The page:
Anatomopathological Causes of Death in Patients with Advanced Cancer: Association with the Use of Anticoagulation and Antibiotics at the End of Life.
J Palliat Med. 2013 Jun;16(6):669-674
Authors: Pautex S, Vayne-Bossert P, Jamme S, Herrmann F, Vilarino R, Weber C, Burkhardt K
Abstract Background: Anatomopathological studies that described the immediate causes of death of patients with advanced cancer were first published approximately 20 years ago. Objective: Our objective was to analyze if causes of death changed with a wider use of broad spectrum antibiotics and prophylactic anticoagulation. Methods: We conducted a retrospective study of all patients with an advanced cancer hospitalized in the Division of Palliative Medicine at the University Hospital Geneva from 2004 to 2010 who had an autopsy. Results: Two hundred forty patients were included (130 men, mean age: 74±13). Main causes of death discovered at the autopsy were pulmonary infection (n=131; 55%), advanced cancer (n=39; 16%), pulmonary infection together with pulmonary embolism (PE) (n=27; 12%), PE alone (n=22; 9%), cardiac complications (n=19; 5%) and others (n=2; 1%). In a logistic regression model, with adjusting for age, gender, main diagnosis, comorbidities, blood count, corticosteroids, and antibiotics, there were no independent factors associated with pulmonary infection at autopsy. In a similar model, with adjusting for age, gender, main diagnosis, comorbidities, and anticoagulation, the only independent factor associated with PE at autopsy was the history of thrombo-embolic disease and therapeutic anticoagulation. Conclusion: The results of this retrospective study demonstrate that causes of death did not change with the modification of our practice. The high rate of pulmonary infection and embolism in this population, including in patients who received broad spectrum and prophylactic anticoagulation should encourage us to pursue other prospective studies to actually demonstrate the benefit of these treatments in this population.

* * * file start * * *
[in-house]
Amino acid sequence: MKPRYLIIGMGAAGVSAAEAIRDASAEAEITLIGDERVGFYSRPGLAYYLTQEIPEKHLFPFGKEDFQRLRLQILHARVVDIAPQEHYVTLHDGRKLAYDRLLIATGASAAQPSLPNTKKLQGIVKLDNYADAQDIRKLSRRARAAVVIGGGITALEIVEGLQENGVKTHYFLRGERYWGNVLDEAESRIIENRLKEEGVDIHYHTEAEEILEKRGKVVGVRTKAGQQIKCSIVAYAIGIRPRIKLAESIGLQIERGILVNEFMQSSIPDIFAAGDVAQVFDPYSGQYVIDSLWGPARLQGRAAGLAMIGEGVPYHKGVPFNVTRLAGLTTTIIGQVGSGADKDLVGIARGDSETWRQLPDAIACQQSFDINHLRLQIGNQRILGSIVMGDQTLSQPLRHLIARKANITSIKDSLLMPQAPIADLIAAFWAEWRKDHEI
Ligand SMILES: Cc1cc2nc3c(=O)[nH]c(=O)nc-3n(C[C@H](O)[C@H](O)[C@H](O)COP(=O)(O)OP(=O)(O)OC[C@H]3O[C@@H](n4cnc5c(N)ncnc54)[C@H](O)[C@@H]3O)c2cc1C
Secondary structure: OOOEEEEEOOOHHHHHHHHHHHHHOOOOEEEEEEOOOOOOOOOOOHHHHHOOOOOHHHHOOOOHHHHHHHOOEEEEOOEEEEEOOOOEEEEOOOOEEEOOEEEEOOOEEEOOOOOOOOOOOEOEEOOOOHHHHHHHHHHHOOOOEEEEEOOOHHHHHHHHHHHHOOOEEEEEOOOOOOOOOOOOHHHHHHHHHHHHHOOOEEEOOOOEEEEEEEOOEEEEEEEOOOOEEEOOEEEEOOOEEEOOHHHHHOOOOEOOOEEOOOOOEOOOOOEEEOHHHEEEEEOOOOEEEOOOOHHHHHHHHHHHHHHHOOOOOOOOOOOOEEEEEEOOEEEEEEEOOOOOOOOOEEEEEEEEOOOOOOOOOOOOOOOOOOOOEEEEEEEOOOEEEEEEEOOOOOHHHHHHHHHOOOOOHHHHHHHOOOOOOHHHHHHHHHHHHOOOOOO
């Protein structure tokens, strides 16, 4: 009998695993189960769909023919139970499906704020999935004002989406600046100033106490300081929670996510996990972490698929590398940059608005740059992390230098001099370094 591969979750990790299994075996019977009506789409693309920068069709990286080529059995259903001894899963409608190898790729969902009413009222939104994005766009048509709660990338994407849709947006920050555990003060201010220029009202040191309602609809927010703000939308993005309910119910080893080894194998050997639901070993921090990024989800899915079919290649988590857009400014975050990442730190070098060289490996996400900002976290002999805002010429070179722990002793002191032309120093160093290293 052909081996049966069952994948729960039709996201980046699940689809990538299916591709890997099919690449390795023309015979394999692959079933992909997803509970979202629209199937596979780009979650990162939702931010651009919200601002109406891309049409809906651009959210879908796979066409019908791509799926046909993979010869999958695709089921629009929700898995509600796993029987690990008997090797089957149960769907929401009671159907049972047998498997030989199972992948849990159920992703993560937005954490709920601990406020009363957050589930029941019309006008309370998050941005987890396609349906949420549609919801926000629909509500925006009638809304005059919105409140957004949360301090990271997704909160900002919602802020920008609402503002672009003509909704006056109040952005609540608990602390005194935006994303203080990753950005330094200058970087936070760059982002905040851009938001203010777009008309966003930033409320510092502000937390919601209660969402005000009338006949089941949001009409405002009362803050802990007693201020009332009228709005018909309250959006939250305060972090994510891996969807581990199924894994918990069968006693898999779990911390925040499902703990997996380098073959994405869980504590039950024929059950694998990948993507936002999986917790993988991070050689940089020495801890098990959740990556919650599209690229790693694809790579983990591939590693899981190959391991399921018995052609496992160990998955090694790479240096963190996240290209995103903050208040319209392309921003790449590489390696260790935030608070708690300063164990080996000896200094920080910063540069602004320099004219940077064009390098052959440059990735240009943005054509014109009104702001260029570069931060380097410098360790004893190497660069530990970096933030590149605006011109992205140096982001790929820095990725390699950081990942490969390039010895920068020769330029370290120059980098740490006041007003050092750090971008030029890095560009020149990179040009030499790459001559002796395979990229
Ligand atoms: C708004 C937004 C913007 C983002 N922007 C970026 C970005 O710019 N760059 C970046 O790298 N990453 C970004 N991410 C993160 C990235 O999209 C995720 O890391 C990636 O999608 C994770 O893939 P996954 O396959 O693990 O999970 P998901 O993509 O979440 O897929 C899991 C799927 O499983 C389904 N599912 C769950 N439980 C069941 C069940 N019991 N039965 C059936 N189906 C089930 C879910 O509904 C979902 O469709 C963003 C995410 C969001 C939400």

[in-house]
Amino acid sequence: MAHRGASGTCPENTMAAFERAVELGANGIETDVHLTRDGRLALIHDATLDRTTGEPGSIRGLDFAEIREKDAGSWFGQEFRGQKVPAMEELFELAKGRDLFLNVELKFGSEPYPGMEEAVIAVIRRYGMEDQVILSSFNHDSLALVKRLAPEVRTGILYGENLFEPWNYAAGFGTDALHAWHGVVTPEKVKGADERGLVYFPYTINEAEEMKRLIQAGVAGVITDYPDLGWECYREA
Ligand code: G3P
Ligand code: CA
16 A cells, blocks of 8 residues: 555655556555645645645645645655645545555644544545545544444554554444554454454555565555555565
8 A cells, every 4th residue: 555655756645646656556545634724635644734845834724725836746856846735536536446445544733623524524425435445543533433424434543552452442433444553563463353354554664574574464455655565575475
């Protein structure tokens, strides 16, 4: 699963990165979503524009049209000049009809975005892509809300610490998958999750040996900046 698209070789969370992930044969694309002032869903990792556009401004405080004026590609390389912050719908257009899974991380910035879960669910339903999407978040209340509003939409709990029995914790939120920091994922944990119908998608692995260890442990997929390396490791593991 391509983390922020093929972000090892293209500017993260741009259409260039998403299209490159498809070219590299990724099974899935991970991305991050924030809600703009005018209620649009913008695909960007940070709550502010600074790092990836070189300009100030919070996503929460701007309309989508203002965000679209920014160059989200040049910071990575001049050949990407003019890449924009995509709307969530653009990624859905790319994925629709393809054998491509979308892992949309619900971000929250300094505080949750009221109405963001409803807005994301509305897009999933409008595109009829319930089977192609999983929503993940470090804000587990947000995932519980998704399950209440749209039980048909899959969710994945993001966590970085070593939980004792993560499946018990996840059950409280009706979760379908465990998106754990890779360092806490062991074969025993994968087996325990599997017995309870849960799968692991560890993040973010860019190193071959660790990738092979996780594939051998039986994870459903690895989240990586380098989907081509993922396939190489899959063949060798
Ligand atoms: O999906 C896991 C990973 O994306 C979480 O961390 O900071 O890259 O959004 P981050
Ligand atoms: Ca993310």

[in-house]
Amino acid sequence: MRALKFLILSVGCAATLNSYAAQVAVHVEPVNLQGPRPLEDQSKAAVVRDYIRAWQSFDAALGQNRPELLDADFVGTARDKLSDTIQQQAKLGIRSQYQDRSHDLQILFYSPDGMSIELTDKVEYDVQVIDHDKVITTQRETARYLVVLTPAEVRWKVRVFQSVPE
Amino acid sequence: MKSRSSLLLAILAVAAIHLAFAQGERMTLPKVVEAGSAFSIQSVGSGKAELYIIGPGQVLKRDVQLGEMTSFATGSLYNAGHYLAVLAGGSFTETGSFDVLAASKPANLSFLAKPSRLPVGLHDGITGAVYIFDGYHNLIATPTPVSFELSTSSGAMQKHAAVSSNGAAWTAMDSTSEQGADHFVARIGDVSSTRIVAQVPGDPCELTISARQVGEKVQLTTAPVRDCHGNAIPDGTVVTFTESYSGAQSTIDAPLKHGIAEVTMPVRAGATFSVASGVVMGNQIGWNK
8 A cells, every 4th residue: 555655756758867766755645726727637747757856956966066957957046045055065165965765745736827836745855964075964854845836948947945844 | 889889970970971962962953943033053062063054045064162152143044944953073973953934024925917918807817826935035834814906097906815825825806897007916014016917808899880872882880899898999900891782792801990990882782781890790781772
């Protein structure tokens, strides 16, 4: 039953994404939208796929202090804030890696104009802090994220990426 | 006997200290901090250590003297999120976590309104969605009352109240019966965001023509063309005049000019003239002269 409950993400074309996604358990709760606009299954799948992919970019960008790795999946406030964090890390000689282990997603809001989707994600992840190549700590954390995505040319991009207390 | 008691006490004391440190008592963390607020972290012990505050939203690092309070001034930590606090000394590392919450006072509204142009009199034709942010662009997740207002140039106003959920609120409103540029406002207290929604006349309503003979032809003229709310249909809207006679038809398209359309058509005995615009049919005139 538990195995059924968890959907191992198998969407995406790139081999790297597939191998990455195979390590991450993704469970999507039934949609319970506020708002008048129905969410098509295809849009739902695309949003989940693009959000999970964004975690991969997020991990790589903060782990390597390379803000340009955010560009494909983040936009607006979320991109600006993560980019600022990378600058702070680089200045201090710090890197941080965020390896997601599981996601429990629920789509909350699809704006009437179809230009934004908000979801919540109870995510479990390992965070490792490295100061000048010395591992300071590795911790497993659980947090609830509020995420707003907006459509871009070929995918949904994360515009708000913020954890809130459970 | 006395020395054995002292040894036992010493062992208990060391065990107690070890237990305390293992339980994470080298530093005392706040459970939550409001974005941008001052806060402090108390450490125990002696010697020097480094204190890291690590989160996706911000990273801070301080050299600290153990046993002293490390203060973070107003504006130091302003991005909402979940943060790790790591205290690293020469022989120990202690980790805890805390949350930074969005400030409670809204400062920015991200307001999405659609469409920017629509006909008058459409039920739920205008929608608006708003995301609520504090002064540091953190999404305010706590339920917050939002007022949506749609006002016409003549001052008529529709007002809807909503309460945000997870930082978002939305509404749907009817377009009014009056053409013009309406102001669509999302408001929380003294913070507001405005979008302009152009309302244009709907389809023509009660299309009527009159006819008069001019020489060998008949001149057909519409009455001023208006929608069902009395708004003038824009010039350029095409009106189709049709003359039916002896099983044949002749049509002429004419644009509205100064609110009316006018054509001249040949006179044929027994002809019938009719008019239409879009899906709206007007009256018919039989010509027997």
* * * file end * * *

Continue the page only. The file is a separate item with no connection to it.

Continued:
PMID: 23725234 [PubMed - as supplied by publisher]